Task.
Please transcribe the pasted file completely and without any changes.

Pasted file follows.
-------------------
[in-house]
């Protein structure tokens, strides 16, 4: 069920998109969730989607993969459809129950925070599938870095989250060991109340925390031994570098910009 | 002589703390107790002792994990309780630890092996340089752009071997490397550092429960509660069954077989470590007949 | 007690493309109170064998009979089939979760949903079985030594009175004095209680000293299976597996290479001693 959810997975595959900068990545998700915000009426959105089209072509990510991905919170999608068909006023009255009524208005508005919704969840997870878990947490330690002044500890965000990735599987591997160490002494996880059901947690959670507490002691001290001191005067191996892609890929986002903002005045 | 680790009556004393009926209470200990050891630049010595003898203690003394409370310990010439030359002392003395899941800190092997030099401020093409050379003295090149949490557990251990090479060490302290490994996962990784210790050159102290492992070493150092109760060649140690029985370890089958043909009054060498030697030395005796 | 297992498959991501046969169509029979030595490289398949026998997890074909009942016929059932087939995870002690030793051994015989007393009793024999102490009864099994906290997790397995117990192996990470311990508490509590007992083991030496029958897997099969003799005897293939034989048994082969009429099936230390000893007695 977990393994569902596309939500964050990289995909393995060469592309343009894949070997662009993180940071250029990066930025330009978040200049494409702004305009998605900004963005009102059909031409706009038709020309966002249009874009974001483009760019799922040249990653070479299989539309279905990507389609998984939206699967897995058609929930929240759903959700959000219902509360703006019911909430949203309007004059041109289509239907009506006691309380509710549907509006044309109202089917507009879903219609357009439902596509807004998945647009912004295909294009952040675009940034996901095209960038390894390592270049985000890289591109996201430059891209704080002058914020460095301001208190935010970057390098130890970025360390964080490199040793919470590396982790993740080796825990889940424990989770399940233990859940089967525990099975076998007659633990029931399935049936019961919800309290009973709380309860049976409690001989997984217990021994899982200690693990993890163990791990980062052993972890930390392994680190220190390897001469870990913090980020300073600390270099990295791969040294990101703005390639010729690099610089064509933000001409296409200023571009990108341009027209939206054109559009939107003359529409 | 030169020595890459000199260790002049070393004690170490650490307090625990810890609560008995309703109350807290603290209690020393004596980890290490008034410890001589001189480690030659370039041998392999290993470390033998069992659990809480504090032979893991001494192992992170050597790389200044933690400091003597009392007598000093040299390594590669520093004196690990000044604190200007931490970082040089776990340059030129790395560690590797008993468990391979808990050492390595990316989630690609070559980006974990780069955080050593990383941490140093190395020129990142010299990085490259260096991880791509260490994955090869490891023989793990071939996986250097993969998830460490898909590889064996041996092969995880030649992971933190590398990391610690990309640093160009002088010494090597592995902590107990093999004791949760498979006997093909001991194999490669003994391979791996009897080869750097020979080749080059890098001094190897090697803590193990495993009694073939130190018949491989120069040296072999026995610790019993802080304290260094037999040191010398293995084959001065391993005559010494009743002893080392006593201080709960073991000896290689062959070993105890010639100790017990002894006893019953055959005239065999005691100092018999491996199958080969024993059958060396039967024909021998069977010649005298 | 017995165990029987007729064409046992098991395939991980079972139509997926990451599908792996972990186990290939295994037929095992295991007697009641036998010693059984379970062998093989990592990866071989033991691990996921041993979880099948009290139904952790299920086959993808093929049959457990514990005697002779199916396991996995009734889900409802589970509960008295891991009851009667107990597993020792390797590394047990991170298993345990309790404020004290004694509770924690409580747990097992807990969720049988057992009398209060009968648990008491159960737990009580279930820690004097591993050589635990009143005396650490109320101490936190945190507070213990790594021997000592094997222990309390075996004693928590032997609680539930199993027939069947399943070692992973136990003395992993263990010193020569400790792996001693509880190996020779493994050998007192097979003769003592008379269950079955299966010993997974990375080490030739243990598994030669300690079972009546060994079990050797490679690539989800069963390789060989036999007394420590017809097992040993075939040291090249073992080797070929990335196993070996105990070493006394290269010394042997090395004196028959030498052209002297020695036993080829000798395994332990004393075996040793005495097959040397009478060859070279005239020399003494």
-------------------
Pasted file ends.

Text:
[in-house]
């Protein structure tokens, strides 16, 4: 069920998109969730989607993969459809129950925070599938870095989250060991109340925390031994570098910009 | 002589703390107790002792994990309780630890092996340089752009071997490397550092429960509660069954077989470590007949 | 007690493309109170064998009979089939979760949903079985030594009175004095209680000293299976597996290479001693 959810997975595959900068990545998700915000009426959105089209072509990510991905919170999608068909006023009255009524208005508005919704969840997870878990947490330690002044500890965000990735599987591997160490002494996880059901947690959670507490002691001290001191005067191996892609890929986002903002005045 | 680790009556004393009926209470200990050891630049010595003898203690003394409370310990010439030359002392003395899941800190092997030099401020093409050379003295090149949490557990251990090479060490302290490994996962990784210790050159102290492992070493150092109760060649140690029985370890089958043909009054060498030697030395005796 | 297992498959991501046969169509029979030595490289398949026998997890074909009942016929059932087939995870002690030793051994015989007393009793024999102490009864099994906290997790397995117990192996990470311990508490509590007992083991030496029958897997099969003799005897293939034989048994082969009429099936230390000893007695 977990393994569902596309939500964050990289995909393995060469592309343009894949070997662009993180940071250029990066930025330009978040200049494409702004305009998605900004963005009102059909031409706009038709020309966002249009874009974001483009760019799922040249990653070479299989539309279905990507389609998984939206699967897995058609929930929240759903959700959000219902509360703006019911909430949203309007004059041109289509239907009506006691309380509710549907509006044309109202089917507009879903219609357009439902596509807004998945647009912004295909294009952040675009940034996901095209960038390894390592270049985000890289591109996201430059891209704080002058914020460095301001208190935010970057390098130890970025360390964080490199040793919470590396982790993740080796825990889940424990989770399940233990859940089967525990099975076998007659633990029931399935049936019961919800309290009973709380309860049976409690001989997984217990021994899982200690693990993890163990791990980062052993972890930390392994680190220190390897001469870990913090980020300073600390270099990295791969040294990101703005390639010729690099610089064509933000001409296409200023571009990108341009027209939206054109559009939107003359529409 | 030169020595890459000199260790002049070393004690170490650490307090625990810890609560008995309703109350807290603290209690020393004596980890290490008034410890001589001189480690030659370039041998392999290993470390033998069992659990809480504090032979893991001494192992992170050597790389200044933690400091003597009392007598000093040299390594590669520093004196690990000044604190200007931490970082040089776990340059030129790395560690590797008993468990391979808990050492390595990316989630690609070559980006974990780069955080050593990383941490140093190395020129990142010299990085490259260096991880791509260490994955090869490891023989793990071939996986250097993969998830460490898909590889064996041996092969995880030649992971933190590398990391610690990309640093160009002088010494090597592995902590107990093999004791949760498979006997093909001991194999490669003994391979791996009897080869750097020979080749080059890098001094190897090697803590193990495993009694073939130190018949491989120069040296072999026995610790019993802080304290260094037999040191010398293995084959001065391993005559010494009743002893080392006593201080709960073991000896290689062959070993105890010639100790017990002894006893019953055959005239065999005691100092018999491996199958080969024993059958060396039967024909021998069977010649005298 | 017995165990029987007729064409046992098991395939991980079972139509997926990451599908792996972990186990290939295994037929095992295991007697009641036998010693059984379970062998093989990592990866071989033991691990996921041993979880099948009290139904952790299920086959993808093929049959457990514990005697002779199916396991996995009734889900409802589970509960008295891991009851009667107990597993020792390797590394047990991170298993345990309790404020004290004694509770924690409580747990097992807990969720049988057992009398209060009968648990008491159960737990009580279930820690004097591993050589635990009143005396650490109320101490936190945190507070213990790594021997000592094997222990309390075996004693928590032997609680539930199993027939069947399943070692992973136990003395992993263990010193020569400790792996001693509880190996020779493994050998007192097979003769003592008379269950079955299966010993997974990375080490030739243990598994030669300690079972009546060994079990050797490679690539989800069963390789060989036999007394420590017809097992040993075939040291090249073992080797070929990335196993070996105990070493006394290269010394042997090395004196028959030498052209002297020695036993080829000798395994332990004393075996040793005495097959040397009478060859070279005239020399003494």